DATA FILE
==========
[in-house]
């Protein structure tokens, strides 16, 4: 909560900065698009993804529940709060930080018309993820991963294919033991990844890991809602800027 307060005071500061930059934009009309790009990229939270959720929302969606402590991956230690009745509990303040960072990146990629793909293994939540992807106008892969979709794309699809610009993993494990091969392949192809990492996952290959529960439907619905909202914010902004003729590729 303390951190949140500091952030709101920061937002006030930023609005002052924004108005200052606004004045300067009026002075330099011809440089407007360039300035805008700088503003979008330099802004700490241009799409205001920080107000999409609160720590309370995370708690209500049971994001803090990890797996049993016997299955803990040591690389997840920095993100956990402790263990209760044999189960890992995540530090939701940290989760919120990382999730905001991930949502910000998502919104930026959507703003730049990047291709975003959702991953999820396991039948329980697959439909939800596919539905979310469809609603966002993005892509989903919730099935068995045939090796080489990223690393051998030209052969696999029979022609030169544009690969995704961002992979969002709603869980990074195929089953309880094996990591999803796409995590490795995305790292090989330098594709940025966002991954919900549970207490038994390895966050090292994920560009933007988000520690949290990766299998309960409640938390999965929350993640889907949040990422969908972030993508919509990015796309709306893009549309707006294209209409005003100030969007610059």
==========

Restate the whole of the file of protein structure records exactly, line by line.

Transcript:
[in-house]
């Protein structure tokens, strides 16, 4: 909560900065698009993804529940709060930080018309993820991963294919033991990844890991809602800027 307060005071500061930059934009009309790009990229939270959720929302969606402590991956230690009745509990303040960072990146990629793909293994939540992807106008892969979709794309699809610009993993494990091969392949192809990492996952290959529960439907619905909202914010902004003729590729 303390951190949140500091952030709101920061937002006030930023609005002052924004108005200052606004004045300067009026002075330099011809440089407007360039300035805008700088503003979008330099802004700490241009799409205001920080107000999409609160720590309370995370708690209500049971994001803090990890797996049993016997299955803990040591690389997840920095993100956990402790263990209760044999189960890992995540530090939701940290989760919120990382999730905001991930949502910000998502919104930026959507703003730049990047291709975003959702991953999820396991039948329980697959439909939800596919539905979310469809609603966002993005892509989903919730099935068995045939090796080489990223690393051998030209052969696999029979022609030169544009690969995704961002992979969002709603869980990074195929089953309880094996990591999803796409995590490795995305790292090989330098594709940025966002991954919900549970207490038994390895966050090292994920560009933007988000520690949290990766299998309960409640938390999965929350993640889907949040990422969908972030993508919509990015796309709306893009549309707006294209209409005003100030969007610059």